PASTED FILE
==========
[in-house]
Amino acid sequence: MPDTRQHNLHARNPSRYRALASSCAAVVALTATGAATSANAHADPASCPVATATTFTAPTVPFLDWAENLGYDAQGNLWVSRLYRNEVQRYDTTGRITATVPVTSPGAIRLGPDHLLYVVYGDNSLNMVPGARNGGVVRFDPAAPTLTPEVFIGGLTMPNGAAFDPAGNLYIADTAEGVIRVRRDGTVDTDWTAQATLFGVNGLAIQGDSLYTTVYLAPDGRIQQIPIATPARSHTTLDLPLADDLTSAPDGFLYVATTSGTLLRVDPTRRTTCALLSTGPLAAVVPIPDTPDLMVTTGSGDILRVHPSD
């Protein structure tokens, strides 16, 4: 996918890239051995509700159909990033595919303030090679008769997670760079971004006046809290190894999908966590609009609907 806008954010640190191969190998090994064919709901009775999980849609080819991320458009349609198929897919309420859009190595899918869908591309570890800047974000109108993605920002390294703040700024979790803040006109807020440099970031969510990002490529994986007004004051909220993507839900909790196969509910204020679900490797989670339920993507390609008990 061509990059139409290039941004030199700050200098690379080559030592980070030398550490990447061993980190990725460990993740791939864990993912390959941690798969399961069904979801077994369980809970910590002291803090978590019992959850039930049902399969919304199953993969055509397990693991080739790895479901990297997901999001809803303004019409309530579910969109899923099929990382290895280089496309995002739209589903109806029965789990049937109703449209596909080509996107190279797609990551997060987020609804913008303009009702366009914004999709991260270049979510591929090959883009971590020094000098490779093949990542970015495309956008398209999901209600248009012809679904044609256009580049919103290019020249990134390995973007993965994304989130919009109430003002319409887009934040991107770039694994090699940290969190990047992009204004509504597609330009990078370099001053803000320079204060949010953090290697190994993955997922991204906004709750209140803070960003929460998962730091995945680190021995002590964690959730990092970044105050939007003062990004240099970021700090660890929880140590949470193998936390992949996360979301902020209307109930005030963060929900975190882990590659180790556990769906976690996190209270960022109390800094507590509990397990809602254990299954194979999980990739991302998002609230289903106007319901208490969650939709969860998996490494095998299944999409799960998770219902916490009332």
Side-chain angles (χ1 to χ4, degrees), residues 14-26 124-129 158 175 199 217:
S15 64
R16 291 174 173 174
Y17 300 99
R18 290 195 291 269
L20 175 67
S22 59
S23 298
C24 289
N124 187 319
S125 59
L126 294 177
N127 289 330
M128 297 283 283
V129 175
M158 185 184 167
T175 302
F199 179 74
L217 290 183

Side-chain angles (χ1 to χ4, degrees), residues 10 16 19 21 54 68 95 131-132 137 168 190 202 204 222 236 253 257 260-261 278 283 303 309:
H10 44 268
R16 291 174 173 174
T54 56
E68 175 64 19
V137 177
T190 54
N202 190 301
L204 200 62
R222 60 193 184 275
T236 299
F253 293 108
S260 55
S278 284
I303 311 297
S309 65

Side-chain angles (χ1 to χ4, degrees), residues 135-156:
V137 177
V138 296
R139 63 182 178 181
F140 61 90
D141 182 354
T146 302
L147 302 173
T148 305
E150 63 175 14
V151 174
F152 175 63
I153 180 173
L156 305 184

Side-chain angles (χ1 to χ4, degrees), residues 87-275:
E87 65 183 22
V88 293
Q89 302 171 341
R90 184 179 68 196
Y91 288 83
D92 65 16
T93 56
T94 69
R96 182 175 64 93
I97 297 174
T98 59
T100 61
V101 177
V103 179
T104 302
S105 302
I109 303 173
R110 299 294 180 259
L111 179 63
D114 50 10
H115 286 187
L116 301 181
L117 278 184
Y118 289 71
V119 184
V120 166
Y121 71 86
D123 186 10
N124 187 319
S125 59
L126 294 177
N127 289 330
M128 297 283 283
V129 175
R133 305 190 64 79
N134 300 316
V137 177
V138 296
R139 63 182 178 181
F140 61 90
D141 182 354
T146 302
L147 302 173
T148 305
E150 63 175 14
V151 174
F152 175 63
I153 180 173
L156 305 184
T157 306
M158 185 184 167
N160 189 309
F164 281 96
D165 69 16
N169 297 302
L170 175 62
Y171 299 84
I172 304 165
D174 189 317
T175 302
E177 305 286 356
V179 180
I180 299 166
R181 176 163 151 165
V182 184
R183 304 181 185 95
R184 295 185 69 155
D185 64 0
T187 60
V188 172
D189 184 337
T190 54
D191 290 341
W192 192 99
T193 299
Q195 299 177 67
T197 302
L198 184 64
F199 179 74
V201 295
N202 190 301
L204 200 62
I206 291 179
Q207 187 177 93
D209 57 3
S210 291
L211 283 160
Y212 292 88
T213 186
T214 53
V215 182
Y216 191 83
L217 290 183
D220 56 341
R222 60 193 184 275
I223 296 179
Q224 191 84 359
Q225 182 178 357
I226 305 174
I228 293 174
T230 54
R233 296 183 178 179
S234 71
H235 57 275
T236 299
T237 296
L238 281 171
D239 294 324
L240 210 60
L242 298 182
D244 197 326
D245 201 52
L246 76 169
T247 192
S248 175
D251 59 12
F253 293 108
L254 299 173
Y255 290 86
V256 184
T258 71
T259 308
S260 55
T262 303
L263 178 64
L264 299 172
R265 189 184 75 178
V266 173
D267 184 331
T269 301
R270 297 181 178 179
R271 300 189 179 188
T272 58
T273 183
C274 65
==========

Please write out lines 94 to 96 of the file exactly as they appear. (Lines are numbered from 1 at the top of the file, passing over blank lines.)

D141 182 354
T146 302
L147 302 173